Spotsylvania Courthouse Branch is established across the street from the Spotsylvania Courthouse (where the Civil War’s Battle of Spotsylvania Courthouse took place). 
Hague Branch established
Library begins broadcasting on public access Channel 25. 
Alliance for Literacy established to help adults gain reading skills.
Westmoreland Branch 1987
Westmoreland Branch, circa.1987

Hague Branch 1986

Hague Branch, circa. 1986
Music on the Steps program begins at HQ. Still going strong today!
To build a new library, or renovate 1201 Caroline Street? That is the question!
To build or renovate, that is STILL the question!
To renovate! That is the answer!
Headquarters building renovated. Floors reinforced, parking increased, main building connected to annex by means of a glass ceiling atrium, the annex then becoming a theater & meeting rooms
VHS movie collection started, LP record collection discarded in favor of CDs
CRRL installs online computerized catalog, replacing the microfiche catalog. Each book and library card has its own barcode. Volunteers take 2 months to apply barcodes to all the books.
The John Musante Porter Memorial Library opens in Stafford County. The new Porter building is 5 times larger than the previous Stafford Branch, with room for 100,000 volumes, meeting rooms, computers, CD players, VHS players, and overhead projectors for public use. The Porter Branch is named for the late Chairman of the Stafford Board of Supervisors, John Musante Porter.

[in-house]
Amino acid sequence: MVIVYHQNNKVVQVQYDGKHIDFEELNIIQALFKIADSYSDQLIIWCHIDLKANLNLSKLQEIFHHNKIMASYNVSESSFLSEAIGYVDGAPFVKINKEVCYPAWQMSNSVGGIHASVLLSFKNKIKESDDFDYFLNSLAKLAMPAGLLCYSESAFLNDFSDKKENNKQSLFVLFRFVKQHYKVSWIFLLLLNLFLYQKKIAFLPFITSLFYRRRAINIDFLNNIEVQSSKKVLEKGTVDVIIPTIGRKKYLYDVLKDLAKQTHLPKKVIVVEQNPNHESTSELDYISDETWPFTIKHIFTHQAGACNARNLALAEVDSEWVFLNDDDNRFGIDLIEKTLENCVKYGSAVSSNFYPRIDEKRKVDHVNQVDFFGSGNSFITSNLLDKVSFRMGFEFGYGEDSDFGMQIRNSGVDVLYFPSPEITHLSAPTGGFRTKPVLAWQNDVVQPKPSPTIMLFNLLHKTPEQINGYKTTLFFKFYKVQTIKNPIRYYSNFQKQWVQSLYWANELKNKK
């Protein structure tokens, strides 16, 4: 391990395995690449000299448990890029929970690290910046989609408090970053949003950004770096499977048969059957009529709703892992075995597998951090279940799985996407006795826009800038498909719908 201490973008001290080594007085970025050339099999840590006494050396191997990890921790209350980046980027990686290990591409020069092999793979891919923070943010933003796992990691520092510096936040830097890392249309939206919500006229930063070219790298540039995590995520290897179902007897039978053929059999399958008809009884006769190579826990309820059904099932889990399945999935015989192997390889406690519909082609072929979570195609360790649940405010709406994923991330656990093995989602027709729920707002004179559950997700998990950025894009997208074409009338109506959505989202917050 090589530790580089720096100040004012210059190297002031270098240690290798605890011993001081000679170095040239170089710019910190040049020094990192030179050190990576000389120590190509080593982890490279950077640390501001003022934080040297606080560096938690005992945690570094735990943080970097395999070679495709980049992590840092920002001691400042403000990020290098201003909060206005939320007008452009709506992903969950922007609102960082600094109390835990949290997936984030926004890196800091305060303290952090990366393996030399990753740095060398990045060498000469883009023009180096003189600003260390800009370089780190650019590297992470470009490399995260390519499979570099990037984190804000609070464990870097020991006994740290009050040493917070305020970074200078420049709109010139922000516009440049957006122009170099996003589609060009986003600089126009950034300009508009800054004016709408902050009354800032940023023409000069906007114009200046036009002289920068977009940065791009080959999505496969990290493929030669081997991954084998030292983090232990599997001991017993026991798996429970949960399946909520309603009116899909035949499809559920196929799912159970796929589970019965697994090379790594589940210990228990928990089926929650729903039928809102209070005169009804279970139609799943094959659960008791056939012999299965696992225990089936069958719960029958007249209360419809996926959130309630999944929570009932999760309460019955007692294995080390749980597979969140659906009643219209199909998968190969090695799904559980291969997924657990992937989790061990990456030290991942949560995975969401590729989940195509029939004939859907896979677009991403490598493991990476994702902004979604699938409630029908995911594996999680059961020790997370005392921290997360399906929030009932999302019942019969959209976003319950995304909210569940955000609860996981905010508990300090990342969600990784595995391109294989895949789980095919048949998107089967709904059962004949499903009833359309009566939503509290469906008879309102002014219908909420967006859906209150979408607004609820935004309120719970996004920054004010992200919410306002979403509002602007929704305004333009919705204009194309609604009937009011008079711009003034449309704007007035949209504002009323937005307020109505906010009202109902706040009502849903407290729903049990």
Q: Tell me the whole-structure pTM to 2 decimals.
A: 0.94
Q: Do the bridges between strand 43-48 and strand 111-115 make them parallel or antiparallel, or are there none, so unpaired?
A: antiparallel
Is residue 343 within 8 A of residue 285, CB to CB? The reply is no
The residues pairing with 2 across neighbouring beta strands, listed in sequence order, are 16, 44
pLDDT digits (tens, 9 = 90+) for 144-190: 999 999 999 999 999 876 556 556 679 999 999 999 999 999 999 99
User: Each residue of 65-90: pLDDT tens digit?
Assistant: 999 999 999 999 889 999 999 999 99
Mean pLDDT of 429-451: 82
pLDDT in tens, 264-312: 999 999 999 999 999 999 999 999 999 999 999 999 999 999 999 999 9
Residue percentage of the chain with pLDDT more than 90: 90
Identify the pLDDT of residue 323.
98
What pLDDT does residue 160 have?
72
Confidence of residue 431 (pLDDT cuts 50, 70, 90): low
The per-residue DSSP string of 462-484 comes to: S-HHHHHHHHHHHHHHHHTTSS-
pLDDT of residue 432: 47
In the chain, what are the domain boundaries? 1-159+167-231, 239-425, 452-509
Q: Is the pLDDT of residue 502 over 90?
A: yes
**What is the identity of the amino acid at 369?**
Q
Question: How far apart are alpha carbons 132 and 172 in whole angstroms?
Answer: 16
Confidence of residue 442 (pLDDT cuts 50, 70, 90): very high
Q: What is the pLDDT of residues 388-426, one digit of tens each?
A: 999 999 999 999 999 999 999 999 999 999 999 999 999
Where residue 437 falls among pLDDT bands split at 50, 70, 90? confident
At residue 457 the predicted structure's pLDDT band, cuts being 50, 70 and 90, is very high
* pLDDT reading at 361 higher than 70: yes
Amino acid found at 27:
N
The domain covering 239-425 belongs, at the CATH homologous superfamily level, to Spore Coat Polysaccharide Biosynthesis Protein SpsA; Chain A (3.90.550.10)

Library gets equipment to lend to the deaf and hard of hearing from the Virginia Dept. for the Deaf & Hard of Hearing.
C.F. Masonry, owned by Ms. Candis Flener, donates $2,500 worth of labor to pave the brick walkways in front of the HQ
Community Link computer database of local organizations launched
Porter Branch has 8 catalog computers and 2 general use computers for the public!
Library gets new bookmobile.
The Salem Church Branch opens Sept 19. In its first week 16,000 books, videos, & CDs were checked out!


The Montross Branch established at Courthouse Square in Westmoreland County.
Bookmobile circulates over 150,000 items to rural patrons, day-care centers, the blind, physically handicapped patrons.
Colonial Beach Branch opens.
Colonial Beach Branch
Colonial Beach Branch
The Montross branch moves from its Courthouse Square building into the Johnson Building because the former building was in danger of collapse!
CRRL offers internet access to patrons and has session to introduce people to the internet. Only 15 % of Americans have internet access. Library plans to have computers in the reference area soon for people to access “selected research sites” Says Donna Cote, “The library’s goal is to provide equitable access to electronic information to all our patrons”


 25th Anniversary of the CRRL
CRRL launches its own website, Planet CRRL!
Former Spotsylvania Courthouse Branch is reborn as the C. Melvin Snow Memorial Library in the Marshall Center building.
The online Ask a CRRL Librarian service is up and running. The Fairfax County Library is the only other public library in the area to offer a similar service.